I recently came across this article that reports on a growing protest in Kenya that began as a reaction to the brutal harassment of a woman who was accused of dressing immodestly.
In this class we read a lot about violence, poverty, opportunity, migration, homophobia and racism, but I felt like one thing really missing was an in-depth discussion of the modern feminist movement in Africa and the state of women’s rights. I wanted to know, what happened after Nervous Conditions? This article started to clear some of that history up for me.
Feminism in Africa is an interesting subject because feminism as a whole has a rather racist history and tends to fail to be intersectional and include women of color. Another fault of feminism is that it tends to treat third and first-world gender issues as different. Its expected that, in America, women have made great strides and now are dealing with lesser issues such as catcalling, while in Africa, women barely even have control over their bodies and often suffer great violence because of their gender. However, while things like female genital mutilation is most certainly an issue, it cannot be the single story of Africa’s gender issues. Africa is a large and diverse place, and this article is just one example of the raw social energy of Africa that can be harnessed in really positive, progressive ways.
I personally think we should definitely continue to track this movement and see if we can’t make it worldwide. The policing of women’s modesty through their clothing is a huge problem that is ingrained in so many cultures, including America’s.
So say it with me – “My Dress My Choice!”
Though Tambu doesn’t spend too much time talking about white people, her changing view towards them is very telling of her awakening to the colonized mindset. Towards the beginning of the novel, she is wary of white people, knows very little about them, and is disgusted with how they look. As she is educated at the mission, however, she is slowly conditioned to accept white people’s definition of beauty.The very first time that Tambu has direct interaction with white people begins on page 27. Tambu describes her thoughts upon meeting an elderly couple:
I did not like the way they looked, with their skin hanging in papery folds from their bones, malignant-looking brown spots on their hands, a musty, dusty, sweetish odour(sic) clinging around the woman like a haze”
It feels strange to read a white person’s race described as a character trait, as opposed to simply being accepted as a given. Upon reading this line, I was reminded of a Buzzfeed article I had just read entitled “If White People Were Described Like People of Color in Literature.” This article uses satire to call attention to the overt exoticism and objectification of people of color in Western Literature. “He looked at her longingly,” the article jokes, “as he imagined her exotic, mashed potato skin laying gently against his.” This is quite shocking to read because we are so used to having diverse, complex descriptions of white people in literature that don’t have to resort to the nearest food group to be relatable. Similarly, Tambu shocks us in the way in which she describes the elderly couple. She has very little experience with white people, so she measures their appearance in accordance to her culture’s beauty standards, rather than Eurocentric beauty standards, of which she has no knowledge. Finding their appearance rather lacking, she is wholly disgusted and makes no secret of it. Until she meets younger white people at the ministry, she is convinced that all whites are ugly. She only allows the whites to have a single story, just as they do to her. In comparison with Tambu’s prejudice, however, we see how dangerous the single story is when combined with a position of power. Tambu cannot hurt the white couple for thinking they are ugly, yet Tambu’s entire future rests on their opinion of her. But by allowing naive Tambu to uphold her single story of white people, Dangarembga continues to flip dangerous literary traditions on their heads, challenging us to question those traditions.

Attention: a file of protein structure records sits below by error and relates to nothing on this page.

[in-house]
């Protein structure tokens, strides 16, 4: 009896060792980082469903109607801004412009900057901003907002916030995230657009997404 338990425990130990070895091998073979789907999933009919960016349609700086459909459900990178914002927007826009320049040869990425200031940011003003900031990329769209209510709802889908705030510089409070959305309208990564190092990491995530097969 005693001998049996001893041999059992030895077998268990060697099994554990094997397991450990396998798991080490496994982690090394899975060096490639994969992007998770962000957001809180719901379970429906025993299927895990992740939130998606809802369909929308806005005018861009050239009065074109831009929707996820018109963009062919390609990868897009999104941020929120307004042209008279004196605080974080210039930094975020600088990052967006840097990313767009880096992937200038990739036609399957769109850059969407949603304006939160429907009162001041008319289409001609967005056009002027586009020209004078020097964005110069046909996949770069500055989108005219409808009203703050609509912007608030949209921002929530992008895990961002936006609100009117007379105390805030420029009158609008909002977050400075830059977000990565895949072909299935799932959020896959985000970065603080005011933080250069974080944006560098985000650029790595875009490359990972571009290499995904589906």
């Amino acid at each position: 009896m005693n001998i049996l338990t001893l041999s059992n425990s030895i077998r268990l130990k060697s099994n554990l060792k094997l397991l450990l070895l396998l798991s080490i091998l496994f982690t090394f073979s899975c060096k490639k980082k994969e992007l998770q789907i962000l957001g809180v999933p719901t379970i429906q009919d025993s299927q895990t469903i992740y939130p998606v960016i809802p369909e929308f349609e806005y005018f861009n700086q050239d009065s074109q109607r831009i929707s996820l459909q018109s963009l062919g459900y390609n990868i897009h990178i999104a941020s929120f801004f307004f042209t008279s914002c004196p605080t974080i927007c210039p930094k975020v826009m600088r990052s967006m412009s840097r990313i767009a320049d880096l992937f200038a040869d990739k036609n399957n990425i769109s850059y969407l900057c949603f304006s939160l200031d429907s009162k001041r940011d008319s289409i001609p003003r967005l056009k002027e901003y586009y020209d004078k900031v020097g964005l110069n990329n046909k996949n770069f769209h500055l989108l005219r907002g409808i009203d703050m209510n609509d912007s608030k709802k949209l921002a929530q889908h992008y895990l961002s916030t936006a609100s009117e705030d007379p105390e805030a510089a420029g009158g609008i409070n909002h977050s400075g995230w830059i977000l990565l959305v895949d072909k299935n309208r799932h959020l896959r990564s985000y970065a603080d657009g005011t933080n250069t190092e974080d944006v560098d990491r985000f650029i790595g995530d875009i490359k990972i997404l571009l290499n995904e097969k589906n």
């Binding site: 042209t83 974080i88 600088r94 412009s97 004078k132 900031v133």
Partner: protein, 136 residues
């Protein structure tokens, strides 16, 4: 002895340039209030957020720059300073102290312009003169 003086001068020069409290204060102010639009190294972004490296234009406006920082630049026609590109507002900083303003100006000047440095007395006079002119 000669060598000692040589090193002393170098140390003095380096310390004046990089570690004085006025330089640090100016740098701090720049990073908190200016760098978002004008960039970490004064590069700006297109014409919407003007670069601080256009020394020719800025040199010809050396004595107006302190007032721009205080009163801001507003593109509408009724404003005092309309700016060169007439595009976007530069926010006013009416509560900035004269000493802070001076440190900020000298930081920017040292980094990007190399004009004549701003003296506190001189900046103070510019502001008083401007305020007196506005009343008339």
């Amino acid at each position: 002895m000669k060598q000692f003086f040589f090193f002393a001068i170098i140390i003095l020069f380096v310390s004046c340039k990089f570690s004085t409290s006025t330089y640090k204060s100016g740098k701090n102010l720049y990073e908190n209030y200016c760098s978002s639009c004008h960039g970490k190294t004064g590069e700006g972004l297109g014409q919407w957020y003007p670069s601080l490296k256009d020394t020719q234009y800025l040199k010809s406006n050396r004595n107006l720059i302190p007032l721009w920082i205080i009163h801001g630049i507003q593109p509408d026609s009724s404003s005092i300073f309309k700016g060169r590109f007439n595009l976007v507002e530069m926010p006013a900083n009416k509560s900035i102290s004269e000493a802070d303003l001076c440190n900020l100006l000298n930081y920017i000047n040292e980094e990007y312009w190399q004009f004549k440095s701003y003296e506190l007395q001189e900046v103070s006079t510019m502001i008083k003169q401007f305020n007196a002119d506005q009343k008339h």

When Tambu goes to the ministry school, she meets many other whites, young ones, and concludes the ones with
…smooth, healthy, sun-brown skin…took away all of the repulsion toward white people that had started with the papery-skinned Doris and her sallow, brown-spotted husband…it was good to discover that some Whites were as beautiful as we were. After that it did not take long for me to learn that they were in fact more beautiful and then I was able to love them.”
This quote is a bit of a euphemism because it hints at darker themes. She begins by allowing that some whites could be beautiful, provided they conform to African standards of beauty by having darker skin. After time, however, the social and academic atmosphere of the white- run ministry convince her that they, after all, were far more attractive than Africans. Although Tambu’s language suggests this transformation is a positive one that she is able to accept and love the whites, the underlying implications are chilling. It is all too clear that her ministry education is conditioning her to uphold certain racial hierarchies, including the Eurocentric standard of beauty.
A large part of retaining power over colonial and post-colonial states includes retaining a strict hierarchy. The rules in which beauty and attractiveness is one such hierarchy that can be devastating to native psyches and self-esteem. This can be devastating to a young girl like Tambu who, beginning to internalize society’s emphasis on female beauty, is then led to understand that she can never be truly beautiful due to her race. Although going to the ministry school provides Tambu with great mental growth, the education she receives comes with a colonial conditioning that removes her people as the center of her worldview and replaces them with whites and white institutions.